As a reaction to the closing down of arts venues by the coronavirus, pianist Kathryn Selby took one of her ‘Selby and Friends’ concerts to the screen. With violinist Andrew Haveron and cellist Umberto de Clerici, she presented three of the most loved Piano Trios in a concert recorded after only two day’s rehearsal at Sydney Grammar School.
Despite the difficulties of complying with social distancing, very clever camera work follows the music sensitively, close up shots of the musicians revealing their expressive joy in the music and the sustained energy that the pieces demand.
“Reaching out through music has always given comfort and solace - and elevated the soul”, Selby said of her decision to record the concert. “Being able to bring Selby & Friends concerts to music lovers in the safety of their homes was a satisfying goal, worth striving for… and well worth the challenge of overcoming technical hurdles. I am grateful to our loyal subscribers and my colleagues and friends in the industry for helping make this new initiative come to life!”
This reviewer is not a musician – and though I could rely on research to augment my review, I decided to write about what I heard in the music and saw revealed by musicians more closely than on a concert stage. Hence, expect language that describes feelings rather than expertise! Thought stream reactions if you like, possibly stemming from being at home alone watching and listening, rather than being constrained by the proximity of a larger, closer audience.
Mozart’s Piano Trio No 3B flat major exhibits the quirky complications one expects of his work: contrasting tempos, changing inflections, challenging changes in mood. Slower and more romantic moments show the contrasts in the instruments, especially the deeper voice of the cello as it converses with the lighter voices of the violin and the piano.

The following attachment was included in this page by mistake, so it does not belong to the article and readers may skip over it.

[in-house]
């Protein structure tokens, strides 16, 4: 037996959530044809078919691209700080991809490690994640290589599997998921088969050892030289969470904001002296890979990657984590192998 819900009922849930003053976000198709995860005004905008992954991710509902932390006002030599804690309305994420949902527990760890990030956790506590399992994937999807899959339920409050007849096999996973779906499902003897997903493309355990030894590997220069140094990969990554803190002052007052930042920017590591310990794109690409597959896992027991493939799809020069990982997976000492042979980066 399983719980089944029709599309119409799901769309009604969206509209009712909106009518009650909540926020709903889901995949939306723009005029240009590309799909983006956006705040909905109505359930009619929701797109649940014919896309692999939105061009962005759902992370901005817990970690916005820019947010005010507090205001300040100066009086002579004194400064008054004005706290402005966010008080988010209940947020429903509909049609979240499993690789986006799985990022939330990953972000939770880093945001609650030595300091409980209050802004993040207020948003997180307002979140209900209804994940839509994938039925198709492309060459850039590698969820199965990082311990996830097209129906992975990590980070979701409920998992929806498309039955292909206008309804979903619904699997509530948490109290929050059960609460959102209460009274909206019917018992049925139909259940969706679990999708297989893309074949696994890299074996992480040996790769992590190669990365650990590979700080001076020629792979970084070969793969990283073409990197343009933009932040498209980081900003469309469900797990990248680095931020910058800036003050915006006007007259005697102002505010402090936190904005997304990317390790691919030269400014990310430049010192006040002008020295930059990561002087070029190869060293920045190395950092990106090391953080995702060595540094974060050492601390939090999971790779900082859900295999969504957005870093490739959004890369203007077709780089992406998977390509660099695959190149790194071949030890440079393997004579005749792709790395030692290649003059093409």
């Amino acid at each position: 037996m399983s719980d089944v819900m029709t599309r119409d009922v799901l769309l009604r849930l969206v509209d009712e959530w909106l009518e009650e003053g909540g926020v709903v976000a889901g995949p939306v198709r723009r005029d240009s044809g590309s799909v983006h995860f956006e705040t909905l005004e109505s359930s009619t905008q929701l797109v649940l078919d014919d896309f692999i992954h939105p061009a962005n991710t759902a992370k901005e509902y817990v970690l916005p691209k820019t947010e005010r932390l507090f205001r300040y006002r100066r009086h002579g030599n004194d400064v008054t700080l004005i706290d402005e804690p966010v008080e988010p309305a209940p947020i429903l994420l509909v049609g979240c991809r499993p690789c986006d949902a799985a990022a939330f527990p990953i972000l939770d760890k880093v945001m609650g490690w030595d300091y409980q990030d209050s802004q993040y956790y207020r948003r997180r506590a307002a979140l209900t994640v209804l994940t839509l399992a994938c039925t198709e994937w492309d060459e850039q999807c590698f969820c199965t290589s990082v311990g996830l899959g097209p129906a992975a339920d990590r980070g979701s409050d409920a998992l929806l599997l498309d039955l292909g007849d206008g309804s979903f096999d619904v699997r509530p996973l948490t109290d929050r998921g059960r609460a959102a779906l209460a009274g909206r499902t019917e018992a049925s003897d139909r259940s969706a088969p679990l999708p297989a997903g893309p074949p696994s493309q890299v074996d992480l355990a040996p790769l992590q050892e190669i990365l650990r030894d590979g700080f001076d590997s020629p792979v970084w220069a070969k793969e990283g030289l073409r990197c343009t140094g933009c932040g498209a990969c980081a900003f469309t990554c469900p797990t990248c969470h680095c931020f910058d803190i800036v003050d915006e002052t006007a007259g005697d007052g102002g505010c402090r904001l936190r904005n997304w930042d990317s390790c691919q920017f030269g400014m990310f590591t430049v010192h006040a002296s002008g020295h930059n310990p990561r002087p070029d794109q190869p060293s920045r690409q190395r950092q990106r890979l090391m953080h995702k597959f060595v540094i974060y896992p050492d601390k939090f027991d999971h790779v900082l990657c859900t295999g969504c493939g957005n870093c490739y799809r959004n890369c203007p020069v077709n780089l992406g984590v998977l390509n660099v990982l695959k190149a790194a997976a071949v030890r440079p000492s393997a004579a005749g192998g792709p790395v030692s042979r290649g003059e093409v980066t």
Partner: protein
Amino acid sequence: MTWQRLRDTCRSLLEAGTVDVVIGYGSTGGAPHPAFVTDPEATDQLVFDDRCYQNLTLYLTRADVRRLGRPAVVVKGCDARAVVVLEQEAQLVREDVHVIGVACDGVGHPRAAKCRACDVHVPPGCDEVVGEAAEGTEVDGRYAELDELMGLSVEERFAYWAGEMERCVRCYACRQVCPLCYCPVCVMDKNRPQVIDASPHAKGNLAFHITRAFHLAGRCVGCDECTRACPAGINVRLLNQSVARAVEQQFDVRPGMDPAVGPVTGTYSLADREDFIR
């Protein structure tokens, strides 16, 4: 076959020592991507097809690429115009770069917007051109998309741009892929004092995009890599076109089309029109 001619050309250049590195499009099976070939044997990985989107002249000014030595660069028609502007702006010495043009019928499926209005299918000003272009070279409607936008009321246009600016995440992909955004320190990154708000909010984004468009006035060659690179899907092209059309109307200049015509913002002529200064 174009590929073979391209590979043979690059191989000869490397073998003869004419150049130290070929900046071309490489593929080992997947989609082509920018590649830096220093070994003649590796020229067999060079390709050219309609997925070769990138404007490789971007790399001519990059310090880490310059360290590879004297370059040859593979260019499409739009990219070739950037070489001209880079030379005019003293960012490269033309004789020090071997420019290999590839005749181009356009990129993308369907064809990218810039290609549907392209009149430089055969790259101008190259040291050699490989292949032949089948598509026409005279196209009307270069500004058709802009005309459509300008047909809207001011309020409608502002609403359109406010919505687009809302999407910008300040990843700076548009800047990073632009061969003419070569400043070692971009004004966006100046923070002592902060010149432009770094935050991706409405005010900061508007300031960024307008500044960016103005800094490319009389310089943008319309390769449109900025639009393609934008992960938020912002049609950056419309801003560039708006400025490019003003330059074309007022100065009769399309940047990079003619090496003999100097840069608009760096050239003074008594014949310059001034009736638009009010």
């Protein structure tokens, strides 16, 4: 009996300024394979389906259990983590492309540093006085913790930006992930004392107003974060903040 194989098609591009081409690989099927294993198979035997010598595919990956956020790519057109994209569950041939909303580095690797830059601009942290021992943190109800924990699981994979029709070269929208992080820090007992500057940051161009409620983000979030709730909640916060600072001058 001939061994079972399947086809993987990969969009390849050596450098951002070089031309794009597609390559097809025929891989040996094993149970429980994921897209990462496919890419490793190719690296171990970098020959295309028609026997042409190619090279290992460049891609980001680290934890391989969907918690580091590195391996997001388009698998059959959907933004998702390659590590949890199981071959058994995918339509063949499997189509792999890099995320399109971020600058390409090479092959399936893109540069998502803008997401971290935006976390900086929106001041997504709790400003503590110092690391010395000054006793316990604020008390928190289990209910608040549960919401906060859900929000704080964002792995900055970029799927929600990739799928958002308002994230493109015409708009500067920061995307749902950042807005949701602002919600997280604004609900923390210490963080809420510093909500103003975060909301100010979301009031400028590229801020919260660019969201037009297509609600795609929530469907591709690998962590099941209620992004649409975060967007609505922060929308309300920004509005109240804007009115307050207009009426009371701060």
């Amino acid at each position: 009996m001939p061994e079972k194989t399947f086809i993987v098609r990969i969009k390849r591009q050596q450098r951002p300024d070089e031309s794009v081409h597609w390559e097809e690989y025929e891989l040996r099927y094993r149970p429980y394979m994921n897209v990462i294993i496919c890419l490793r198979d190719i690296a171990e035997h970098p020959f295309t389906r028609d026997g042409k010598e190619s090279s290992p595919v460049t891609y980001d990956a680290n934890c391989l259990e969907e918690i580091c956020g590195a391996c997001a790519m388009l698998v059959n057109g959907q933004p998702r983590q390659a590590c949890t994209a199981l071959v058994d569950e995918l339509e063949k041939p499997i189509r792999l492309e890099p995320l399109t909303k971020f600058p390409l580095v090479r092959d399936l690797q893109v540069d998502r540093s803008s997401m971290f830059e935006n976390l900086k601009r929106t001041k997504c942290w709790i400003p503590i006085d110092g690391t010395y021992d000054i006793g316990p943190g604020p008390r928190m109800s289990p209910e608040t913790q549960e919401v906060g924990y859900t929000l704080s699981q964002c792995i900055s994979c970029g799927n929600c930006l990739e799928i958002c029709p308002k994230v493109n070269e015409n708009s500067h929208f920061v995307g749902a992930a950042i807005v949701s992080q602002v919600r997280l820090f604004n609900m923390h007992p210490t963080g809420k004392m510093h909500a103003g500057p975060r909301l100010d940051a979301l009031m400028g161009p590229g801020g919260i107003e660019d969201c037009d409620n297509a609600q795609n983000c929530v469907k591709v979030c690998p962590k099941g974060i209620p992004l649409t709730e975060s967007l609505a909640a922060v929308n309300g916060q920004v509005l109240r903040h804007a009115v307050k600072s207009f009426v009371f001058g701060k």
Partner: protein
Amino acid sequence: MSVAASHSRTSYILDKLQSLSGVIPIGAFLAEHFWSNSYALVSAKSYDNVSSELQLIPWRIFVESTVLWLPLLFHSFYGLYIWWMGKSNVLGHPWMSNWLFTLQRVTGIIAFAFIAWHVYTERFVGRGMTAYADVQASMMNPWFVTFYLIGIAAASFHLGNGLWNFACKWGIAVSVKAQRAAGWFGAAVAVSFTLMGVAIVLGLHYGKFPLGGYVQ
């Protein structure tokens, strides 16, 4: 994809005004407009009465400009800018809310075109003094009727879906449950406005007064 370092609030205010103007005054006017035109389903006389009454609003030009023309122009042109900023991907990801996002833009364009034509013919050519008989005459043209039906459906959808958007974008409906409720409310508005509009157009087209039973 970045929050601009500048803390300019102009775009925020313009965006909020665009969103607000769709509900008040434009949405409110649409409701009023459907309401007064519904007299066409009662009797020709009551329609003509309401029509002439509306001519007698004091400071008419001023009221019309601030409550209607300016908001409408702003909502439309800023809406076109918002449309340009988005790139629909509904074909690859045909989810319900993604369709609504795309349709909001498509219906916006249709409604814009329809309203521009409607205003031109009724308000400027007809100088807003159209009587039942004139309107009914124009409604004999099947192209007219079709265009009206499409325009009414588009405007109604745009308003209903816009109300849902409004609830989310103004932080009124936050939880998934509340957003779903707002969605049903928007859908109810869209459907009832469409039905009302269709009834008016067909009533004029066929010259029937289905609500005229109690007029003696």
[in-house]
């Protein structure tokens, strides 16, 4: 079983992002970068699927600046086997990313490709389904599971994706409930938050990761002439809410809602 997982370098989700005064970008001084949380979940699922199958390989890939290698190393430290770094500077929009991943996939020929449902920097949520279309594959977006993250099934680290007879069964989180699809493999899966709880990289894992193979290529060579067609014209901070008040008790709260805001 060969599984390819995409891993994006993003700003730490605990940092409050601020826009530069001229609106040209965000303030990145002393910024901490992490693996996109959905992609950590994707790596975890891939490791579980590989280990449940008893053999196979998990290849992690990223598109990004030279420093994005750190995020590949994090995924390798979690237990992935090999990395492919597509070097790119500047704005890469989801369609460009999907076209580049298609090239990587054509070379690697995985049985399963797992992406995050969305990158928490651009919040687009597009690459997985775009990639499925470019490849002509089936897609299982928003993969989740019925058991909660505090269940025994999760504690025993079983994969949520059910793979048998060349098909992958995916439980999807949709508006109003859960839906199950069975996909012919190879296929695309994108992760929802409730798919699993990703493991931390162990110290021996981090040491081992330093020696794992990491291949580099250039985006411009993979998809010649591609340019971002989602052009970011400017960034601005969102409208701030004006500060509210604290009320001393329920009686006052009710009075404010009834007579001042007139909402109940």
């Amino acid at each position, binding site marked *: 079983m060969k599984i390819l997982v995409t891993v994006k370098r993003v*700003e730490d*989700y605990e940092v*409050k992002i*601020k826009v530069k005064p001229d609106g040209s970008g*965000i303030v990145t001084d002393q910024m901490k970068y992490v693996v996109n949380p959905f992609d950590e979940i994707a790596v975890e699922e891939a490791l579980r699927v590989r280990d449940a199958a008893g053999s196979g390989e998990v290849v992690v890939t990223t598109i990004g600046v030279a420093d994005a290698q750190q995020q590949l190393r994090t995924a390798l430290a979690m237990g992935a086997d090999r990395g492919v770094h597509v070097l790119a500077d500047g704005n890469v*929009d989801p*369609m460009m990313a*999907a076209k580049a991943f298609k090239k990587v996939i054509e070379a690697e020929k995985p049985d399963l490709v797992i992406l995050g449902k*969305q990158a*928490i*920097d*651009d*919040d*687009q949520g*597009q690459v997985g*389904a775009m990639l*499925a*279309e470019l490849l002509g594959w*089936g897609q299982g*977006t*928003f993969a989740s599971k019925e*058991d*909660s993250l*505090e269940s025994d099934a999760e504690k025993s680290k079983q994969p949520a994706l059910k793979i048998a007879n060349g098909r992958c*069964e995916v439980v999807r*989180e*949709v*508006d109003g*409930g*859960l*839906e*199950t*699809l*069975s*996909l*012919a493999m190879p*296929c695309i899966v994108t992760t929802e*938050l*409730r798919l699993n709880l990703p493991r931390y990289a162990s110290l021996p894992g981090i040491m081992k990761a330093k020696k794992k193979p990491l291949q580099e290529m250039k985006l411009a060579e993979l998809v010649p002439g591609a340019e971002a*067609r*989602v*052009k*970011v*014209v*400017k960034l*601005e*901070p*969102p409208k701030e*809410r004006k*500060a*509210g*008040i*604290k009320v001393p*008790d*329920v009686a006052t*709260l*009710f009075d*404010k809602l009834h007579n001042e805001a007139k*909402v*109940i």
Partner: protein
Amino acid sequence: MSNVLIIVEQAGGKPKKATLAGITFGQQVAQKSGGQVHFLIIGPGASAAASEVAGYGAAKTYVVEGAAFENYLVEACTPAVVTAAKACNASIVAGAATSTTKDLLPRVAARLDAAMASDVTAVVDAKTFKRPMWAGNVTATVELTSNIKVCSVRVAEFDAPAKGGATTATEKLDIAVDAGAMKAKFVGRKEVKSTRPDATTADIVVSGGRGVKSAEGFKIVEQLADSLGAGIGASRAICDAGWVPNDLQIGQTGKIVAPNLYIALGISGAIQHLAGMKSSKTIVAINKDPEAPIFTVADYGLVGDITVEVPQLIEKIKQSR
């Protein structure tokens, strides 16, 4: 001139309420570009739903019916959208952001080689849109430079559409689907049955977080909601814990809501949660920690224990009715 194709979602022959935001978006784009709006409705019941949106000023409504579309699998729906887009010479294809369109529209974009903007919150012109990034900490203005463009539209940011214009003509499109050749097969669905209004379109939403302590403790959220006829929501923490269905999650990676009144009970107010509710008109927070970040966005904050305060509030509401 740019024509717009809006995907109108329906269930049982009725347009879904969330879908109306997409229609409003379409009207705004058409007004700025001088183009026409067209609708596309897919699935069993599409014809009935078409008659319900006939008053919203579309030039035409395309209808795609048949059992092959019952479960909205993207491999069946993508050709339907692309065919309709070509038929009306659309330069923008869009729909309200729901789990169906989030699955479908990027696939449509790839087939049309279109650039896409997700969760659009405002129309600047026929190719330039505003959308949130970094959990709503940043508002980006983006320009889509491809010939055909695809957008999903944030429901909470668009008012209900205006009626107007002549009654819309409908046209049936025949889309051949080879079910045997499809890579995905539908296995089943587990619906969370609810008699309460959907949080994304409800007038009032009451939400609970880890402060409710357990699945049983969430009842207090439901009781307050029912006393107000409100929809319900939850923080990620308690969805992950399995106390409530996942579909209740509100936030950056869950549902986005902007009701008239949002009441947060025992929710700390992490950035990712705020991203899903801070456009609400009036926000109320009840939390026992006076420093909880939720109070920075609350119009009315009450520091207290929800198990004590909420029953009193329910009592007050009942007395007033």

The third movement is faster, seemingly more intricate than those before it, a delicate motif that somehow allows itself to become more substantive and suggestive, sometimes even a little strident.
Beethoven’s Piano Trio in E flat minor allows the instruments to blend yet exposes their different tones. At times the piano is soft and persuasive, at others emphatic. Lightness in the movements becomes more vibrant. The instruments echo each other, one leading the others into variations of the motifs that are underscored by the deeper voice of the cello.
In this piece particularly, the camera picked up the oneness of the musicians – with each other, and with the music. Close ups of the piano showed Selby’s delicate finger work, intricately delicate at one moment, restrained reaction and more atmospheric at others.
Dvorak’s Piano Trio No 4 in E minor’s shorter but poignant six movements show the different ‘faces’ of the composer and his close understanding and feeling for the instruments. In the first movement, a strong introduction by the cello invites a response from the violin. Together they invite the piano to join them in incredibly strong changes in tempo and mood. Later, in the third movement, the piano draws the strings into a range of emotive moments, gentle at times, more fluidly energetic at others.
At times in the fourth movement there are moments of almost complete silence and stillness, and in the fifth the instruments seem to whisper secrets that are picked up, embellished and retold. The final movement blends the tones of the previous movements but here the violin seems to declare the mood and changes in pace that are picked up willingly until the instruments merge in a final, uplifting series of notes.
If the language is a little flowery – and emotive – I don’t apologise! It reflects a reaction to the music – and to the inspiring work of the camera operators who helped bring Selby and Friends to us so uniquely in the artistic void that has been forced upon us.